This strategy is especially good when you convert only enough of your IRA to bring your taxable income up to the maximum of your tax bracket. For example a couple earning $150,000 will be in the 28% federal income tax bracket until their income reaches $226,850. They could transfer another $76,000 annually from the IRA into the Family Bank Strategy before jumping up to the 33% bracket.

The really big advantage is that the life insurance benefit is always going to be worth substantially more than the money you transferred into the policy. And, unlike an IRA, market changes aren't going to cause the insurance policy's value to decline. If your loved ones inherit a traditional IRA, they'll really inherit only the after-tax balance.

Even a Roth IRA owner might be better off with the Family Bank Strategy. If the Roth IRA exceeds your likely needs and primarily is for loved ones to inherit, consider turning it into a permanent life insurance policy. That way, your beneficiaries will inherit the tax-free policy benefit, which is going to be higher than the Roth IRA balance. There's no investment risk with the insurance policy, and you still have tax-free access to the money through loans.

The Family Bank Strategy also should be considered by someone who still is working and has excess cash flow. The savings need to be invested. The Family Bank Strategy might be the best long-term use for some of that money, especially when the contribution limits already are reached for 401(k)s and IRAs.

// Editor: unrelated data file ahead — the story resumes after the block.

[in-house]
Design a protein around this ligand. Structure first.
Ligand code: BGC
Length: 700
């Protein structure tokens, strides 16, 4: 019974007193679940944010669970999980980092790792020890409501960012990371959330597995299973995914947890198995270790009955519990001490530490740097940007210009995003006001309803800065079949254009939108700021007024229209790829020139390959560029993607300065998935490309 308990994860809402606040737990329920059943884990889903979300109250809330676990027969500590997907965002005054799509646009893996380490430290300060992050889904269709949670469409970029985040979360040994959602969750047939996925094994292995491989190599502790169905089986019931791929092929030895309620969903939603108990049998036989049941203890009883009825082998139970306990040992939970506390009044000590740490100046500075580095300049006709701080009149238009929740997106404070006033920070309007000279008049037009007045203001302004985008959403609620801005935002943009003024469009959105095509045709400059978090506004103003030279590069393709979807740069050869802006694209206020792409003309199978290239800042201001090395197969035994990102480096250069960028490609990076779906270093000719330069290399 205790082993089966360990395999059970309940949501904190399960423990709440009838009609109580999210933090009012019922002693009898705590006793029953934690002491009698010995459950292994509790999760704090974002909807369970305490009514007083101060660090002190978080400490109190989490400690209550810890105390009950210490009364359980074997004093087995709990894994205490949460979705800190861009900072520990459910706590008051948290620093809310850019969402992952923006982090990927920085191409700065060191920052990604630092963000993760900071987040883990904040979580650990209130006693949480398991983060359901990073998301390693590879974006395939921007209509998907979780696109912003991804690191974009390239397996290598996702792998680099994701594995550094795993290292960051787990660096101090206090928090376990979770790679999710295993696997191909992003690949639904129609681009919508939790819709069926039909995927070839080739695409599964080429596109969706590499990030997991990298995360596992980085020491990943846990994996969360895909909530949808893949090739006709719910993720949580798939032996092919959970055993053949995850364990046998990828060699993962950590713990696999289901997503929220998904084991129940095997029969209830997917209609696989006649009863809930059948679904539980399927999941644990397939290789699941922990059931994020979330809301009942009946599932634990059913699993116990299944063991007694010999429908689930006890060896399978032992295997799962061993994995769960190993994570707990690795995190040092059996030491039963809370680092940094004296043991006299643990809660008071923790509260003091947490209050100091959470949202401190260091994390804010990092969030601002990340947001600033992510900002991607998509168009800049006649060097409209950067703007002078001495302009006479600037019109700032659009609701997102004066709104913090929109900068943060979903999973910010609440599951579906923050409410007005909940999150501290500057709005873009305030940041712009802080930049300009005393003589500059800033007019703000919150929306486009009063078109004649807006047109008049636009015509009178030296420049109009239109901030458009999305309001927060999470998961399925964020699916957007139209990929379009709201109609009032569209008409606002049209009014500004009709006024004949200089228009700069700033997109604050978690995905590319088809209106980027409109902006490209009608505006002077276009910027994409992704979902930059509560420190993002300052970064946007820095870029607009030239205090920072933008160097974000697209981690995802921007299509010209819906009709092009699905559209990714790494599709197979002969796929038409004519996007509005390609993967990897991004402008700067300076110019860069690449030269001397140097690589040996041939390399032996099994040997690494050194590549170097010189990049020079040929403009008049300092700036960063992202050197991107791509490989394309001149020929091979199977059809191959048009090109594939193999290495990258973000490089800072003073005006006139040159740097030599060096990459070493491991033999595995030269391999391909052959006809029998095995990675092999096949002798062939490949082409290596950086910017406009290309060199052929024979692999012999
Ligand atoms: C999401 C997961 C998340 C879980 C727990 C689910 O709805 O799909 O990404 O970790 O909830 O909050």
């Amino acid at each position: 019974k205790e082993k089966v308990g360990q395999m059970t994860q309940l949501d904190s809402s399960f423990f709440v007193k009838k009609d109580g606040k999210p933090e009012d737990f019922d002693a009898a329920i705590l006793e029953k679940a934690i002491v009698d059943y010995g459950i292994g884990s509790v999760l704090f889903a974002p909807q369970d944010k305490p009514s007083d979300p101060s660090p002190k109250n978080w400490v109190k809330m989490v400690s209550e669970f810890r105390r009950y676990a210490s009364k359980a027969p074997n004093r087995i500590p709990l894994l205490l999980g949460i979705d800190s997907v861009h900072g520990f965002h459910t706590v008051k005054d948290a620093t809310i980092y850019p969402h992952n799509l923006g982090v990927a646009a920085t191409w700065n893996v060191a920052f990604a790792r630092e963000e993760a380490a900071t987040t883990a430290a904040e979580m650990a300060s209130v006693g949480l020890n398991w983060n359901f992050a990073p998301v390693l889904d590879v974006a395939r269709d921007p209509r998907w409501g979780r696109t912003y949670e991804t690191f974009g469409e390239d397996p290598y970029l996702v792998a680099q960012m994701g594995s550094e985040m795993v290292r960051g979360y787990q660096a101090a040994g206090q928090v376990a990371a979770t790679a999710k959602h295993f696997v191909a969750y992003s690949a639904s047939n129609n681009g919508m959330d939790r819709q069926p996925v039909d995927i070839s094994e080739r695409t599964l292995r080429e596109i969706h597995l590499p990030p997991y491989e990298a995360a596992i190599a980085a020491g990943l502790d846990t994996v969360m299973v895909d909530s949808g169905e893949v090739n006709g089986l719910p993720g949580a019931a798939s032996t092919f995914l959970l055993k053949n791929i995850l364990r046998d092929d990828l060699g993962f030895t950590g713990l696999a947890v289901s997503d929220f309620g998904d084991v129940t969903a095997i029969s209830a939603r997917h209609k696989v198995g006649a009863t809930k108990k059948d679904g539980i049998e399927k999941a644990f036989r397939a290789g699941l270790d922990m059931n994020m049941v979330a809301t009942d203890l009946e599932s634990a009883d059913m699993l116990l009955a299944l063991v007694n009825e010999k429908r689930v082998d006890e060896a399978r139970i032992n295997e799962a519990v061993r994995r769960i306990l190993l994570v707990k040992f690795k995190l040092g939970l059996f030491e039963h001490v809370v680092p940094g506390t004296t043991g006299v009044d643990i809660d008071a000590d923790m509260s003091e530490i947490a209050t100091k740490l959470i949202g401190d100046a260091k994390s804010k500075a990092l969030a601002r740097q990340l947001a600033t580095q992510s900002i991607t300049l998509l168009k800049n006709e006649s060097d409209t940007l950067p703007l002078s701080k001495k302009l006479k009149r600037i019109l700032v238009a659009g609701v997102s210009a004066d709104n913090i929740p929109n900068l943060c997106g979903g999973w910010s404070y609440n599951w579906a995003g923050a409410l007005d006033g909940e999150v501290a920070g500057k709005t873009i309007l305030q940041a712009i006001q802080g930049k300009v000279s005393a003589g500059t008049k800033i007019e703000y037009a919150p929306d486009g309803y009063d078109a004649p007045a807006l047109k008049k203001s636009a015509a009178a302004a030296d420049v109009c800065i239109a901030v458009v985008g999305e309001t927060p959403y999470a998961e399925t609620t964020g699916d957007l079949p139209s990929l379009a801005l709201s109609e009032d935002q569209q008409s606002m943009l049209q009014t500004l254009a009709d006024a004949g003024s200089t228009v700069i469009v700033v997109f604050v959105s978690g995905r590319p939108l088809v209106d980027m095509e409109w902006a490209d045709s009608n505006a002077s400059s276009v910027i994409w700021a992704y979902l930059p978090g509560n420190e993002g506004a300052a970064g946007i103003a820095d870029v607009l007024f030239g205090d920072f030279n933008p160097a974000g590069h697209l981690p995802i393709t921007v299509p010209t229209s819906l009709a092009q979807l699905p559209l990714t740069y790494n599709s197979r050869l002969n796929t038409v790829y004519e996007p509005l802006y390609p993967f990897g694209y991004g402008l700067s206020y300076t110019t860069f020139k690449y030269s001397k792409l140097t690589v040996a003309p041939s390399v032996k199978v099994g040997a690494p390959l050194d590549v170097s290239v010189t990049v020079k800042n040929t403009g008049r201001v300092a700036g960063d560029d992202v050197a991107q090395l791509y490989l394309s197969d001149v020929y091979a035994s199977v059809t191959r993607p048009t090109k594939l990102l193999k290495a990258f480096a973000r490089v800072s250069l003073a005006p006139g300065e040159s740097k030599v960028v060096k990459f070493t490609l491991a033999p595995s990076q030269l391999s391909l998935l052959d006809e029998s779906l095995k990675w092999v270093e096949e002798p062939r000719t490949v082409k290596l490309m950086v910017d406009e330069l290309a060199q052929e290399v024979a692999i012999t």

Consider this example. Max Profits, age 60, is in good health and he wants to transfer $200,000 into The Family Bank Strategy. Instantly, he increases his estate to $795,890, four times the deposit, because of the life insurance benefit. His cash account at the end of the first year will be $203,195 and will grow to $295,091 in 10 years and $516,768 in 20 years, assuming 7% interest. The formula used in this example to credit the cash value account has an average annual 30-year return of 7.6%.

There are four general types of permanent life insurance, and many variations of each. For the Family Bank Strategy, you only want to consider Participating Whole Life or Indexed Universal Life. There's a vigorous debate among insurance professionals who implement the strategy over which type of policy to use. You need to know the arguments on each side and decide which is best for you.

That's why David Phillips wrote and just published The Family Bank Strategy, a book that does an excellent job of setting the record straight and explaining the options and choices. David explains 17 positive features of The Family Bank Strategy and lists 10 factors that have come together to make it one of the premier safe money strategies today. It's available on Amazon for $19.95, but David is making it available to my readers for $9.95, which includes shipping and handling. Call David's office at 888 892-1102 to order your book.

Don't be turned off by the phony hype about secret strategies or the negative attitudes about permanent life insurance. For many of you, the Family Bank Strategy is a way to lock in the value of your estate for loved ones, earn a solid tax-free return on your cash value, and have tax-free access to the capital when you need it. It can play an important role in increasing your family's after-tax wealth.